Thanksgiving Dangers for Pets

Thanksgiving is a time for celebration. Unfortunately, it is a time for pet accidents as well. The family dog escapes while guests unload their cars and leave the front door open. The family cat burns their fur on a holiday candle. Here are my tips for keeping animals safe during the holidays.

1) Keep purses and briefcases tightly closed. Dogs and cats like to explore new items especially if they contain food. They are attracted to the sugar free gum and mints often found in bags. The chemical xylitol found in many sugar free products may cause a life- threatening drop in blood glucose.

2) Place candles in places that are inaccessible to pets. After the holidays, I see many cats with singed whiskers. Unfortunately, not all are so lucky. Some are burned severely after jumping onto the table to check out the centerpiece. To prevent this, I use battery operated candles in my house.

3) Ask house guests to keep their suitcases closed at all times. Many human medications, edible gifts and toiletries are poisonous to pets.  One of my patients found a box of chocolates hidden in luggage and promptly ate it, box and all. I had to pump his stomach to get everything out. I have had other patients get into estrogen cream, heart medication and even a bottle of Advil.

4) Secure all pets in a safe location. Every holiday season, many pets escape when doors, gate or windows are left open. Some make it home again but others don’t. I have had two patients killed, one dog was hit by a car and another cat was attacked by a dog. Remember, boarding is always an option.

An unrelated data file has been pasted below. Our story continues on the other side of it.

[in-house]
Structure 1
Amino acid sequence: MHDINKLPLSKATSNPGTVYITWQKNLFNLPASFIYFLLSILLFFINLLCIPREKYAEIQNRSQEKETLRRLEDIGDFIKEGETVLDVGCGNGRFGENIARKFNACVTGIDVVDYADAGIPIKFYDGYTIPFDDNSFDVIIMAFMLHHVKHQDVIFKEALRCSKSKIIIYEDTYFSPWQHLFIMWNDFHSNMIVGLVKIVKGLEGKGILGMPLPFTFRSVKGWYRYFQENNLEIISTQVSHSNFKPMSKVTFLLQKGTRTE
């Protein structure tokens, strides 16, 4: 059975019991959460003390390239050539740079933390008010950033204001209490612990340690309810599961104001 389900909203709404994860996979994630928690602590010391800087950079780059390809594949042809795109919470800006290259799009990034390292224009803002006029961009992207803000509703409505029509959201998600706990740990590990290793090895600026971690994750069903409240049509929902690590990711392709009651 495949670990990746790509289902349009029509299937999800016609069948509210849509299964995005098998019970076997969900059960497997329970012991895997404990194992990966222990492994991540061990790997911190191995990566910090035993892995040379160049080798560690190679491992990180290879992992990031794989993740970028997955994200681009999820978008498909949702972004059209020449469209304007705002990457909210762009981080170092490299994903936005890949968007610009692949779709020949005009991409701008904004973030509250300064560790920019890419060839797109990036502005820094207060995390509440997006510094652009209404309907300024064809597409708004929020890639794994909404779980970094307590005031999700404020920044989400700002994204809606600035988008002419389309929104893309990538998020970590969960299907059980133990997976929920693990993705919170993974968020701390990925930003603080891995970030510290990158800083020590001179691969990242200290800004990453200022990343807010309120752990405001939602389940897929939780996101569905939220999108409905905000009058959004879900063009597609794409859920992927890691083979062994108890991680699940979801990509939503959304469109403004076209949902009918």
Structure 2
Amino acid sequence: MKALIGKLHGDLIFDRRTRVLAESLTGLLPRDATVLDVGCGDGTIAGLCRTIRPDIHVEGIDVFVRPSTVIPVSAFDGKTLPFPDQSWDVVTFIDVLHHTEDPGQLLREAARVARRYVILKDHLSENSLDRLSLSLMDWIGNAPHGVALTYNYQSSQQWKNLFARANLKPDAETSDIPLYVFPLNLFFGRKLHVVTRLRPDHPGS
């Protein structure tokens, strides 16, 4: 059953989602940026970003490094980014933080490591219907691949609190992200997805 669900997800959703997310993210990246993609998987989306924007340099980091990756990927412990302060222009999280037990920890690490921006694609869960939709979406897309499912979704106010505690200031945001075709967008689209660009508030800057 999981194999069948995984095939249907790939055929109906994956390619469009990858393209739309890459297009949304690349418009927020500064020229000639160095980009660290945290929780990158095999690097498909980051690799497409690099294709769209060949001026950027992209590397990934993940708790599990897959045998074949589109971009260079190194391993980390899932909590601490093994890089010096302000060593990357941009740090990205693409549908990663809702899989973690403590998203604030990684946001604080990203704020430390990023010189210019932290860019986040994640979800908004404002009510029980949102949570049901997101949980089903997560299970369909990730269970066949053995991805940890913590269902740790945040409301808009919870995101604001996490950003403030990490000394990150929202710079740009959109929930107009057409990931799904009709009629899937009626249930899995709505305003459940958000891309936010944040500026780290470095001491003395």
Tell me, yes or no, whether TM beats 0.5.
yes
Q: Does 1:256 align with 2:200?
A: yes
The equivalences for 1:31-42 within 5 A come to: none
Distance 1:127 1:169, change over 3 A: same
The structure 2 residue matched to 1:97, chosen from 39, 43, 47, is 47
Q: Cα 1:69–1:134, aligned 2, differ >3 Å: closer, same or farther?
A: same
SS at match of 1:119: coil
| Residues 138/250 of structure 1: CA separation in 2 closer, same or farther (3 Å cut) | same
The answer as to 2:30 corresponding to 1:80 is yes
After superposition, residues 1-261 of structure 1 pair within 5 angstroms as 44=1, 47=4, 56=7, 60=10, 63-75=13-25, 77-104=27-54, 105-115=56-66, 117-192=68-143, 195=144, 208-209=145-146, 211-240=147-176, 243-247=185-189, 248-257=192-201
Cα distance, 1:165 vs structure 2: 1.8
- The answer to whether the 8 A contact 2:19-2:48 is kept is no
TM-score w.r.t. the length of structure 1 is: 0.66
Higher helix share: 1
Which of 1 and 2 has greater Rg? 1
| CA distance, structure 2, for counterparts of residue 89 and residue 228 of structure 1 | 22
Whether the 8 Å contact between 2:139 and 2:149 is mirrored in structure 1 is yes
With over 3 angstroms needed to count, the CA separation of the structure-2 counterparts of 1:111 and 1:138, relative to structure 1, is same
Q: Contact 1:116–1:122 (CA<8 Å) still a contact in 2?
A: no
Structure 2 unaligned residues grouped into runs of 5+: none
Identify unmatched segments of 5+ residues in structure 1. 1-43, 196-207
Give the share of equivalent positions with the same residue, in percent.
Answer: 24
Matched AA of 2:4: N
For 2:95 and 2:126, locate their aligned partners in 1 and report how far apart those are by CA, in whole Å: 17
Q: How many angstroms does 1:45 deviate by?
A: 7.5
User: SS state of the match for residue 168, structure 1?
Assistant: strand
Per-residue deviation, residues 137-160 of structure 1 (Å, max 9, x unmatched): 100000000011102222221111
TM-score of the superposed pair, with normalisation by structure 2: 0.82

5) Share the Thanksgiving meal with your human family only. Every year, many dogs will suffer from eating the high fat/carbohydrate food we have for Thanksgiving. The dogs come in with vomiting, diarrhea and severe abdominal pain. The lucky ones will respond to conservative therapy. The unlucky ones will develop pancreatitis. Provide appropriate treats for your guests to share with the pets.

I hope these tips will help keep Thanksgiving fun for the entire family.                               Happy Thanksgiving!               -Dr.  Kris Nelson

Published by kristennelsondvm

Dr. Kristen Nelson grew up on a farm in Watertown, Minn., where she developed a deep love for animals of all kinds. She received a Doctor of Veterinary Medicine degree from the University of Minnesota, College of Veterinary Medicine. Kris then completed a small-animal internship at the prestigious Animal Medical Center in New York City. In addition to writing and speaking, she cares for small and exotic animals in Scottsdale, Az. Dr. Nelson is widely quoted in the media. Her credits include Ladies’ Home Journal, USA TODAY, the Los Angeles Times and numerous radio and television interviews. Dr. Nelson has written two books, Coated With Fur: A Vet’s Life and Coated With Fur: A Blind Cat’s Love. Kris and her husband Steve share their home with rescued cats, birds and a dog.